BINGHAM, Maine — Connecting with history is more than a familiarity with names, dates and events.
Joyce Penich, a volunteer at the just-opened Old Canada Road Historical Society headquarters, moved to Bingham nine years ago after a lifetime of city living in Baltimore, Cleveland and Philadelphia. The adjustment to small-town life wasn’t without its challenges; Penich and her husband, not sure they wanted to stay in the area, put their home on the market three different times.
But when Penich began helping the historical society catalog its artifacts and historical documents, she realized what a special place Maine’s Upper Kennebec River Valley is and always has been.
“I’m not from here, and I wish I was,” she said. “When you read about all these people and how dedicated they were to this community, it’s very touching. I’ve decided that I never want to leave this place.”
Her house, she said, is off the market for good.
The Old Canada Road exists today only in history pages and as a federally designated historic thoroughfare. Following roughly the path of the Kennebec River — and what today is known as U.S. Route 201 — the Old Canada Road was once part of a thriving commercial route between Quebec and Boston. From Native Ameri-cans migrating centuries ago to Benedict Arnold’s failed 1775 quest to capture Quebec, the thoroughfare has a rich history of spreading culture and commerce.
The Old Canada Road Historical Society, which formed several years ago, purchased an ornate Victorian house at 16 Sidney St. in Bingham. After months of upgrades to the house’s electrical and heating systems, the society opened its doors to the public two months ago. Marilyn Sterling-Gondek, a founding member of the so-ciety’s board of directors, said visitors are welcome, though the museum is a work in progress.
“We’ve had kind of a quiet opening,” she said. “We still have a lot of stuff coming in faster than we can deal with it.”
In addition to large personal collections owned by Sterling-Gondek and others, such as Jon Hall of Portland, people with connections to the area have provided a steady stream of artifacts and documents from virtually every conceivable facet of life in the Upper Kennebec Valley. On one table are photographs of classrooms full of schoolchildren, all formally dressed and separated by gender. In a cabinet next to an antique spinning mill are trinkets from Bingham’s centennial almost 100 years ago and a roll of movie theater tickets that were never sold.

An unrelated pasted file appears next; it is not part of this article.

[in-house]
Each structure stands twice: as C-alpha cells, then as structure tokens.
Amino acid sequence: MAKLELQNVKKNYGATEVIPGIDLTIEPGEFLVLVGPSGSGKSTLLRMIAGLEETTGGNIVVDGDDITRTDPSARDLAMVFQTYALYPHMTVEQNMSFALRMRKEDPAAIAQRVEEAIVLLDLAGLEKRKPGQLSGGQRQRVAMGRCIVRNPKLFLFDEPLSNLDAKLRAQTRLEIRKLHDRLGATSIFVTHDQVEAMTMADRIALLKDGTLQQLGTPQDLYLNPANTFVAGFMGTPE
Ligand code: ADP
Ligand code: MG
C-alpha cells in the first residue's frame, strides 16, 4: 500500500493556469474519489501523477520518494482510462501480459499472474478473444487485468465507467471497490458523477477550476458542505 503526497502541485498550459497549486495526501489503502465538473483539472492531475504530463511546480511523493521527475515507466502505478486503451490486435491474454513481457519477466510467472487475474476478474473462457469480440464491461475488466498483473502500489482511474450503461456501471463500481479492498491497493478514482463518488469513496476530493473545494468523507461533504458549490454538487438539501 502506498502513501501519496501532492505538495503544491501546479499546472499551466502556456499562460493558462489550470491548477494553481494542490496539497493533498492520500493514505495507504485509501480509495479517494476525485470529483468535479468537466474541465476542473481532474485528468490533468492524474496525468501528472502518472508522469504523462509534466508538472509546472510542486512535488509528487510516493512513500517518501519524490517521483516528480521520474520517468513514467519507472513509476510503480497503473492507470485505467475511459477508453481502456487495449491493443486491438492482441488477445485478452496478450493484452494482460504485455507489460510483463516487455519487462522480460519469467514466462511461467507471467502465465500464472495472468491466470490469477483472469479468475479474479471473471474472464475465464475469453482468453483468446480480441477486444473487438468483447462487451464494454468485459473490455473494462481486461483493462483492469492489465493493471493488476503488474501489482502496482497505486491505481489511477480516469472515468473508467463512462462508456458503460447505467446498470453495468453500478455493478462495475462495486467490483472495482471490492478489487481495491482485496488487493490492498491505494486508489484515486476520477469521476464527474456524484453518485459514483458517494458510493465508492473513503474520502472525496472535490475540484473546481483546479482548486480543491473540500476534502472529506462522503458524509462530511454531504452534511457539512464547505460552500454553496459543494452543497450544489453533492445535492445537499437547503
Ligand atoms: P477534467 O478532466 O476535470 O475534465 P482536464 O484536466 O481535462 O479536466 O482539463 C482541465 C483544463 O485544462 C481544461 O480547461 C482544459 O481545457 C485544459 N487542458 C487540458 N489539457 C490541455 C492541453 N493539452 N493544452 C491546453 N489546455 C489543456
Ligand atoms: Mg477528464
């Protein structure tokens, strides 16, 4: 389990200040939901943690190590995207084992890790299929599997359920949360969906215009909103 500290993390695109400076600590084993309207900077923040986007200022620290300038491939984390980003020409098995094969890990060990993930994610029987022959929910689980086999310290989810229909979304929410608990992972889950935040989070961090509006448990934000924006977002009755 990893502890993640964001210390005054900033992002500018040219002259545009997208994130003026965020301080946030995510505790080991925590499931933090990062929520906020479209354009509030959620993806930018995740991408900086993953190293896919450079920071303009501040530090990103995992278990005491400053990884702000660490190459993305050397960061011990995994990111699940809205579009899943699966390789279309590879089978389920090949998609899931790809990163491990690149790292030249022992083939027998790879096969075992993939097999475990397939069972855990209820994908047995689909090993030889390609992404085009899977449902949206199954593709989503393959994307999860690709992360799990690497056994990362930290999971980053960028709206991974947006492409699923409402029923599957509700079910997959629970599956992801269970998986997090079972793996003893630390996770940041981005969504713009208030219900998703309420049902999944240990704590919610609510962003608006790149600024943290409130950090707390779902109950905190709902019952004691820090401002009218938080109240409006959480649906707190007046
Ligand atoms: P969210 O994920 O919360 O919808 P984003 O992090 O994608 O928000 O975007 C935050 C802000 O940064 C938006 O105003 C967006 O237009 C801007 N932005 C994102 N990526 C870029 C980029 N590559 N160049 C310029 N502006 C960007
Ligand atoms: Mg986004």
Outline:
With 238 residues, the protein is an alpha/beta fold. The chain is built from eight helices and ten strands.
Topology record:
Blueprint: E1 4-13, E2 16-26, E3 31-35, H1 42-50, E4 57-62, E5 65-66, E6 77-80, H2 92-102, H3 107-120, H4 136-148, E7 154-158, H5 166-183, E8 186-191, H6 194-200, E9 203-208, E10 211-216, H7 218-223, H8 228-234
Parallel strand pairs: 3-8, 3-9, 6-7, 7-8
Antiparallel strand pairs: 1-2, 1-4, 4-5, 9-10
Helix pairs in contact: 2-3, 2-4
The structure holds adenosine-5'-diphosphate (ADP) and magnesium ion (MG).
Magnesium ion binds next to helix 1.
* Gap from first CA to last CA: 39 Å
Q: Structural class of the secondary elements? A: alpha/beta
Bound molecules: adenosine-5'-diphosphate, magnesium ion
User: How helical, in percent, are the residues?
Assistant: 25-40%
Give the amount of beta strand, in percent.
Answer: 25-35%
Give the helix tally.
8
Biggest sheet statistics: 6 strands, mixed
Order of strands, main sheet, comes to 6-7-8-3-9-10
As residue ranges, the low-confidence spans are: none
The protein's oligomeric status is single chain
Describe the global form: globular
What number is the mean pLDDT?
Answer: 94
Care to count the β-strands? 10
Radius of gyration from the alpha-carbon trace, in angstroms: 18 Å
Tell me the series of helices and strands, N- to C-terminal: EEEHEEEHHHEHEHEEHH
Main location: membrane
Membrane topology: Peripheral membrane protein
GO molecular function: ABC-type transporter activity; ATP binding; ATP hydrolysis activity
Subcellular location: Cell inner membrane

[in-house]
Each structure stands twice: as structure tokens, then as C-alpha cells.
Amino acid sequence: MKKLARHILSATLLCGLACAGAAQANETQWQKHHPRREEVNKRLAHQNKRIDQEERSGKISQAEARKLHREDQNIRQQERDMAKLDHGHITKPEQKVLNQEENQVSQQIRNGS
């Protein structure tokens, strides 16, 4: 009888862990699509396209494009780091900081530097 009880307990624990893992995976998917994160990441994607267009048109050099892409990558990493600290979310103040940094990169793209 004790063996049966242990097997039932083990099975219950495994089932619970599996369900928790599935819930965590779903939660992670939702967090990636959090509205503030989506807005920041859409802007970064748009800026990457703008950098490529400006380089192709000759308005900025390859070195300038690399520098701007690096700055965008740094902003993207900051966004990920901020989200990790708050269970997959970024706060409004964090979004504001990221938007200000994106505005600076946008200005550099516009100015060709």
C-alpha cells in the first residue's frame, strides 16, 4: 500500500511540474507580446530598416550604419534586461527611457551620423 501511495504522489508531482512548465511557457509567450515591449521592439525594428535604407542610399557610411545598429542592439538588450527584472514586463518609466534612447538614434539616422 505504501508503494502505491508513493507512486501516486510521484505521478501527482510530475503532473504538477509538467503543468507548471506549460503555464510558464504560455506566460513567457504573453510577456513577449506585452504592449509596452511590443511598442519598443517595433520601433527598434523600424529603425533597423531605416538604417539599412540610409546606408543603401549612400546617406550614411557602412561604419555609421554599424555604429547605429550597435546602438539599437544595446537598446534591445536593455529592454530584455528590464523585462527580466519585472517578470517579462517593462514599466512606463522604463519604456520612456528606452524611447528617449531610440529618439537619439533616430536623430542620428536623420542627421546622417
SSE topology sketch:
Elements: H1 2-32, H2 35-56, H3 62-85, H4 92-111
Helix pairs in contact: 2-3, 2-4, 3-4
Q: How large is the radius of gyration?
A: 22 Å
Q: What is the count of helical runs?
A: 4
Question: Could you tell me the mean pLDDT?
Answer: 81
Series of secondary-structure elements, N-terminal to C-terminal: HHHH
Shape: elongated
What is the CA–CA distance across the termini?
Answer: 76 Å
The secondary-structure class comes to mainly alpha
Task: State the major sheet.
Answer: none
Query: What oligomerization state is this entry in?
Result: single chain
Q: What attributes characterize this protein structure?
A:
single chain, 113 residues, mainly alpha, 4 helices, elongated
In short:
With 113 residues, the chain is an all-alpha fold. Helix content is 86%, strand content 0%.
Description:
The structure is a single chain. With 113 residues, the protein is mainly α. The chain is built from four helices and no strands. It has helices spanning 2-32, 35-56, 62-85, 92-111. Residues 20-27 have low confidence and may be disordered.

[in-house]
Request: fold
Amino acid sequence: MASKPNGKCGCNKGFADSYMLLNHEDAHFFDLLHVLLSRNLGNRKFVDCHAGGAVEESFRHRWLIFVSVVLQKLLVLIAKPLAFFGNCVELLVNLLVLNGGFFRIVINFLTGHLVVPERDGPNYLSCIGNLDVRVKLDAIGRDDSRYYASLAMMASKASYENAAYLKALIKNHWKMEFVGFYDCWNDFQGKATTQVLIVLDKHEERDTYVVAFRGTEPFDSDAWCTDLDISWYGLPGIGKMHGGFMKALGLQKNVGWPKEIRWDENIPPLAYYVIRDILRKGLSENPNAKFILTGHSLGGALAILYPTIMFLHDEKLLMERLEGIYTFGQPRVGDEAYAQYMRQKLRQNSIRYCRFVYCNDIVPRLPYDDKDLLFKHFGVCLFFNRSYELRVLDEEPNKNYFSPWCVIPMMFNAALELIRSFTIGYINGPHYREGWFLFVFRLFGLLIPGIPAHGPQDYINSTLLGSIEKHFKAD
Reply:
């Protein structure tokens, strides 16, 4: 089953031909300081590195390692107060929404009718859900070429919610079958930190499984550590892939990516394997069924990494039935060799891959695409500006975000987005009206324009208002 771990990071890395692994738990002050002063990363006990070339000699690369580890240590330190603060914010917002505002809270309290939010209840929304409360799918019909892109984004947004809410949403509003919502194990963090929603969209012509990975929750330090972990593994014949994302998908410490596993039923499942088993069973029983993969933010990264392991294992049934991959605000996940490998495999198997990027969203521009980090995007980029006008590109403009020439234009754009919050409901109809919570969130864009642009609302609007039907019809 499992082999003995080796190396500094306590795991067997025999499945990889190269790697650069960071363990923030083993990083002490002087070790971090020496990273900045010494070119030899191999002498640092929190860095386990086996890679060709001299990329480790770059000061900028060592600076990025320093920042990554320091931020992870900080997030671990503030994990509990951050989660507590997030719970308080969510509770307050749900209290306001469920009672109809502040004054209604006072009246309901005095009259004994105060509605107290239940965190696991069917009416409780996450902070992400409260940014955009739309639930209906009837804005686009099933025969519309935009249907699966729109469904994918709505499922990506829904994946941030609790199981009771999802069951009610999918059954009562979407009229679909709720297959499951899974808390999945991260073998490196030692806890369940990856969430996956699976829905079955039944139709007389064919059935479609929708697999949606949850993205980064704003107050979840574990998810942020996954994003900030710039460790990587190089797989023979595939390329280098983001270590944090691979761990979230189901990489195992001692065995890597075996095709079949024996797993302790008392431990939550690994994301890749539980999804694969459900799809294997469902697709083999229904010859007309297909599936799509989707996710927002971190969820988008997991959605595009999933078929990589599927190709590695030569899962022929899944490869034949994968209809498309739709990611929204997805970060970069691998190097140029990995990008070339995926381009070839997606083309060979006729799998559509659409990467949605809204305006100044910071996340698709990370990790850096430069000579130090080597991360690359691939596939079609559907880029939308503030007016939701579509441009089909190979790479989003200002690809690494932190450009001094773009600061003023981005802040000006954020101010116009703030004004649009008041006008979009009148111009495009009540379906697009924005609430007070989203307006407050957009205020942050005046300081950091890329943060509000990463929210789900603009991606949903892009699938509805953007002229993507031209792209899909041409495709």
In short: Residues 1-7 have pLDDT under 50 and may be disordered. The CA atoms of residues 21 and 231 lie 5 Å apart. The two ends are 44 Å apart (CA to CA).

Tucked into closets and upstairs rooms are boxes and stacks and cabinets full of documents ranging from records of log floes on the Kennebec River to lists of investors who gave $5 each in 1835 to build the still-standing Bingham Free Meeting House. Though the only thing uniting the items is their connection to the Old Can-ada Road, they tell a vivid story of community and progress.
In a letter from the 1800s — one of Sterling-Gondek’s favorites — an impoverished homeowner writes to the Maine Legislature to describe a steady stream of even poorer immigrants from Quebec.
“It described how the immigrants were coming through with no clothes and no food,” said Sterling-Gondek. “It was so sad because they were trying to care for one another even though they didn’t really have the means.”
Board of directors president Julie Richard said Friday that she sees a common theme — almost like a shared secret — among the people who have called the Old Canada Road home.
“They weren’t just brilliant; they were brilliant enough to want to be here,” she said. “We forget what kinds of people lived before us. They loved this area and have made a living and helped each other here for a long time. It’s a real vote of confidence for communities.”
The Old Canada Road Historical Society, at 16 Sidney St. in Bingham, is open 1-5 p.m. Fridays and 11 a.m.-4 p.m. Saturdays. Beginning at 10 a.m. Nov. 6, the society will be host to a Genealogy Club that will meet periodically. For information or to donate artifacts, money or services, call the society at 672-3440.